When We’re Entirely Too Comfortable with the Existence of Poverty (Part 1)

cardboard hosue

I saw this happen:

Last week, I was walking down a busy street, and along one of the city blocks, a number of people without shelter stood or slept against the wall of a building. In this location, they were also positioned underneath an awning which kept them dry from the rain. Some of the people had created makeshift shelters with cardboard and tarps.

I had already seen this city block of people when I walked by a couple of hours before. This time, as I made my return, I noticed a person driving a vehicle which was cleaning the sidewalk. My assumption is that this happens at regularly scheduled times.

I might not have noticed this, except that the driver was trying to clean the section of the sidewalk that runs up against the wall, right where people were standing or sleeping. I couldn’t avoid noticing this because one of the people standing began to scream at a woman who was sleeping.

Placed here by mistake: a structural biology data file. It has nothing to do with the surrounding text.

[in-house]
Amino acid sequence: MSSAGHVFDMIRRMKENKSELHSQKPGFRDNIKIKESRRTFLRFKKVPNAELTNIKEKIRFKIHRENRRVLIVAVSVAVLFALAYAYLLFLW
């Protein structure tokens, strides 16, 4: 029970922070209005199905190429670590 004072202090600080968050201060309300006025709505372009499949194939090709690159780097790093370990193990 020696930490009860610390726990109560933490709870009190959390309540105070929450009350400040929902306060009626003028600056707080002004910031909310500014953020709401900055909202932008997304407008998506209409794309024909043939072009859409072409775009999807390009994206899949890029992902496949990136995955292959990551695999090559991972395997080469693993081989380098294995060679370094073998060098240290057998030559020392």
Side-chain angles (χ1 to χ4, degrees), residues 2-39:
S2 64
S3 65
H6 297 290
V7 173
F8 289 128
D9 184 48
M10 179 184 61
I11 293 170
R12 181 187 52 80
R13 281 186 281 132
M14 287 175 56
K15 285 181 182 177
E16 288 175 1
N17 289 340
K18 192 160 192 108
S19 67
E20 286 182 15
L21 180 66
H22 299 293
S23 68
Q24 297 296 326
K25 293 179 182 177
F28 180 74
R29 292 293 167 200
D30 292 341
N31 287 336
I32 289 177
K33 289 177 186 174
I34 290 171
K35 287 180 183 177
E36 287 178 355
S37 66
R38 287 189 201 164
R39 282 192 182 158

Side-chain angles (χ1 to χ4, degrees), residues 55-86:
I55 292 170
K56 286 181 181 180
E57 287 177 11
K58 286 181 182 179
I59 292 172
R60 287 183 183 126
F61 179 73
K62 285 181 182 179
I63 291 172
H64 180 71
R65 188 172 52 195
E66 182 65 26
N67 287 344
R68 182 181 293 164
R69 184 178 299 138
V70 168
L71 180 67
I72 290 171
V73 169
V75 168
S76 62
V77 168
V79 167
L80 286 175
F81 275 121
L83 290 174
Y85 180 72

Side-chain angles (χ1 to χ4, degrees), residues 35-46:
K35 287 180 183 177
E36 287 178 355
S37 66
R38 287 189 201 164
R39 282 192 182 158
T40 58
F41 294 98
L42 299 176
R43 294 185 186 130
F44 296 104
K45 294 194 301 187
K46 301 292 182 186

“WAKE THE ?!&* UP!!!” he yelled loudly.

She remained in her cardboard and tarp structure, still asleep.

I don’t know what eventually happened. I stood somewhat nearby for a just a bit, and I think that the driver of the vehicle gave up. That’s when I let myself imagine… how might people respond to hearing this story?

Might we say, “Well, that man nearby shouldn’t have been yelling at her like that. But she also can’t just stay right there. What are we supposed to do? Not have the street cleaned?”

Sure, it’s important to have clean streets. Not saying I would want the opposite, including for the woman who is sleeping there. But I found myself wondering if we would emphasize the situation about an uncleaned street — “We couldn’t possibly have this situation” — above any reaction to the fact that a woman (and many others) are living on the street. How can we possibly have that situation?

This made me wonder how often I assume and normalize the presence of poverty and homelessness as if this is just a natural part of the landscape, forgetting that this is devastating and does not have to be the case. I know I do this too often.

How can we possibly continue to have this situation?

Renee Roederer

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